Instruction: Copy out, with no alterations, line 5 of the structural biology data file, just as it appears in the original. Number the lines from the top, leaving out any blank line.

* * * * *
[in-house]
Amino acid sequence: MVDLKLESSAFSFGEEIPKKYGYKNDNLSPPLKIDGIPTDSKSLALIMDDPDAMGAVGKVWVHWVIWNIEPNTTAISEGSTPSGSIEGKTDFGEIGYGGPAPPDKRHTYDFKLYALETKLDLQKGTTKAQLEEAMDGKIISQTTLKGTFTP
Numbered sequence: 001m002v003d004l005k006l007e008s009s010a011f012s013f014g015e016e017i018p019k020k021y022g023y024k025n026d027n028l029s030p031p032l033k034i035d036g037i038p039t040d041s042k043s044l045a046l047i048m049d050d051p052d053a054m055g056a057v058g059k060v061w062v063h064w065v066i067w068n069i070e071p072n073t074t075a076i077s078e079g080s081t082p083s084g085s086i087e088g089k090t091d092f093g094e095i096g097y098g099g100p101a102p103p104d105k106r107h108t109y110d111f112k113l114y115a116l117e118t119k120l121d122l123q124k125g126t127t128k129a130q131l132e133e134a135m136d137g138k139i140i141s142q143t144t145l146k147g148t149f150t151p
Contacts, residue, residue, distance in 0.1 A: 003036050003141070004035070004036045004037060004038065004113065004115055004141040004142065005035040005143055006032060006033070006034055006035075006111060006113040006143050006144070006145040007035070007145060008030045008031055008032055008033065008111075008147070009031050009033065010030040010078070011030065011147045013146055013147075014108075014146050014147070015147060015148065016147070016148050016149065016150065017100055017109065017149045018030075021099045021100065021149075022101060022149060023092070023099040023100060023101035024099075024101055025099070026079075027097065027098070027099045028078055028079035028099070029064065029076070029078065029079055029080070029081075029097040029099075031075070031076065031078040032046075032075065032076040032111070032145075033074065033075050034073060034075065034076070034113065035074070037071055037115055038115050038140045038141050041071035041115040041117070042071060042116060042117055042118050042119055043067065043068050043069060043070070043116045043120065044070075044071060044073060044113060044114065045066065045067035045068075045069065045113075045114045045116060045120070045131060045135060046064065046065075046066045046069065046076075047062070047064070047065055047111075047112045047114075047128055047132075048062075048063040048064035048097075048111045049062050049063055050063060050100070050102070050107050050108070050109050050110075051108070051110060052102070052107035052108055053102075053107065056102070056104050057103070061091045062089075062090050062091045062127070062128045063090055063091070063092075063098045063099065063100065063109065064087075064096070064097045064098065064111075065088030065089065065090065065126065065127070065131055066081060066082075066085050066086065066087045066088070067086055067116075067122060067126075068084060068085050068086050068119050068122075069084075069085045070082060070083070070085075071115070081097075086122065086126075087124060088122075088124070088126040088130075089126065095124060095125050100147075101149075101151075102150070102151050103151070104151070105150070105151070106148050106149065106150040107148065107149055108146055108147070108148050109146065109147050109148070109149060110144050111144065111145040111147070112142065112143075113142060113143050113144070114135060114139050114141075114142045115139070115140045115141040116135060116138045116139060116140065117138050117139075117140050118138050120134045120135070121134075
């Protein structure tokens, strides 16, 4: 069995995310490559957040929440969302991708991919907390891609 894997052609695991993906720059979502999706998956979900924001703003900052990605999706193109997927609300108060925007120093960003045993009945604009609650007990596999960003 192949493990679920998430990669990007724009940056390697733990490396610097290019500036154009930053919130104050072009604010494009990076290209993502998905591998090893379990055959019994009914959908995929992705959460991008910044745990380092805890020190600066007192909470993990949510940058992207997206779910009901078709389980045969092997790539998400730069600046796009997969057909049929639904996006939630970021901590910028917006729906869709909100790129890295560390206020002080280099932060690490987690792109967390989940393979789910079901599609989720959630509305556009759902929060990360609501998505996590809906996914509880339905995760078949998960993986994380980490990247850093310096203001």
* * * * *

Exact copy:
């Protein structure tokens, strides 16, 4: 069995995310490559957040929440969302991708991919907390891609 894997052609695991993906720059979502999706998956979900924001703003900052990605999706193109997927609300108060925007120093960003045993009945604009609650007990596999960003 192949493990679920998430990669990007724009940056390697733990490396610097290019500036154009930053919130104050072009604010494009990076290209993502998905591998090893379990055959019994009914959908995929992705959460991008910044745990380092805890020190600066007192909470993990949510940058992207997206779910009901078709389980045969092997790539998400730069600046796009997969057909049929639904996006939630970021901590910028917006729906869709909100790129890295560390206020002080280099932060690490987690792109967390989940393979789910079901599609989720959630509305556009759902929060990360609501998505996590809906996914509880339905995760078949998960993986994380980490990247850093310096203001």